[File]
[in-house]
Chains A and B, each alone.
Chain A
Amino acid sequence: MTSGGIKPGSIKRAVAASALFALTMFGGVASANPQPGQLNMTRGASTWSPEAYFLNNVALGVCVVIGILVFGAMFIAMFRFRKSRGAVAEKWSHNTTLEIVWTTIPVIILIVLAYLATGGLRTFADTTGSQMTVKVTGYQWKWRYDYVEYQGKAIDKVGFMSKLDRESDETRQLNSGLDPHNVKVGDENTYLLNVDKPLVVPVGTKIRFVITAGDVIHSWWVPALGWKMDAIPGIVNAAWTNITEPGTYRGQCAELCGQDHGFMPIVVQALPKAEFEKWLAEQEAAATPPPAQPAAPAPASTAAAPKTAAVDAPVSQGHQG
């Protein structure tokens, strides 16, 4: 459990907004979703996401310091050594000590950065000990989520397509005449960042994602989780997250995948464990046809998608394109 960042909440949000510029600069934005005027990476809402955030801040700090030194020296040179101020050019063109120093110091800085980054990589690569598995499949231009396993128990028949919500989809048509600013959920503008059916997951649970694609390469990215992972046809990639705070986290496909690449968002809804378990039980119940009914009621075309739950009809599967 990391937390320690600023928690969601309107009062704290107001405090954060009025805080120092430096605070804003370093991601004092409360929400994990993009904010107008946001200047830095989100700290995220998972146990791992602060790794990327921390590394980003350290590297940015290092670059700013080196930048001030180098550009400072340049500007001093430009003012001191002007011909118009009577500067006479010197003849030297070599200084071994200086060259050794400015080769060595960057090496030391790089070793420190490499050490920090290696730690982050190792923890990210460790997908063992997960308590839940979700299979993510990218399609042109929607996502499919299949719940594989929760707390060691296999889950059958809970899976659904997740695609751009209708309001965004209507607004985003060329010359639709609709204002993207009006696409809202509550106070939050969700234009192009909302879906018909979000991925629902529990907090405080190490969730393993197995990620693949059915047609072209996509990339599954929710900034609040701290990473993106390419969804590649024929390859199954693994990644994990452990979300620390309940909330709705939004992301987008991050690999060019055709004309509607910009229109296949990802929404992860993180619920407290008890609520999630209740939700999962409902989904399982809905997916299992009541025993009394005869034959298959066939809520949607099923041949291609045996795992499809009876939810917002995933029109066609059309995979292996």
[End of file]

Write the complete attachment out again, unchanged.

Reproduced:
[in-house]
Chains A and B, each alone.
Chain A
Amino acid sequence: MTSGGIKPGSIKRAVAASALFALTMFGGVASANPQPGQLNMTRGASTWSPEAYFLNNVALGVCVVIGILVFGAMFIAMFRFRKSRGAVAEKWSHNTTLEIVWTTIPVIILIVLAYLATGGLRTFADTTGSQMTVKVTGYQWKWRYDYVEYQGKAIDKVGFMSKLDRESDETRQLNSGLDPHNVKVGDENTYLLNVDKPLVVPVGTKIRFVITAGDVIHSWWVPALGWKMDAIPGIVNAAWTNITEPGTYRGQCAELCGQDHGFMPIVVQALPKAEFEKWLAEQEAAATPPPAQPAAPAPASTAAAPKTAAVDAPVSQGHQG
């Protein structure tokens, strides 16, 4: 459990907004979703996401310091050594000590950065000990989520397509005449960042994602989780997250995948464990046809998608394109 960042909440949000510029600069934005005027990476809402955030801040700090030194020296040179101020050019063109120093110091800085980054990589690569598995499949231009396993128990028949919500989809048509600013959920503008059916997951649970694609390469990215992972046809990639705070986290496909690449968002809804378990039980119940009914009621075309739950009809599967 990391937390320690600023928690969601309107009062704290107001405090954060009025805080120092430096605070804003370093991601004092409360929400994990993009904010107008946001200047830095989100700290995220998972146990791992602060790794990327921390590394980003350290590297940015290092670059700013080196930048001030180098550009400072340049500007001093430009003012001191002007011909118009009577500067006479010197003849030297070599200084071994200086060259050794400015080769060595960057090496030391790089070793420190490499050490920090290696730690982050190792923890990210460790997908063992997960308590839940979700299979993510990218399609042109929607996502499919299949719940594989929760707390060691296999889950059958809970899976659904997740695609751009209708309001965004209507607004985003060329010359639709609709204002993207009006696409809202509550106070939050969700234009192009909302879906018909979000991925629902529990907090405080190490969730393993197995990620693949059915047609072209996509990339599954929710900034609040701290990473993106390419969804590649024929390859199954693994990644994990452990979300620390309940909330709705939004992301987008991050690999060019055709004309509607910009229109296949990802929404992860993180619920407290008890609520999630209740939700999962409902989904399982809905997916299992009541025993009394005869034959298959066939809520949607099923041949291609045996795992499809009876939810917002995933029109066609059309995979292996």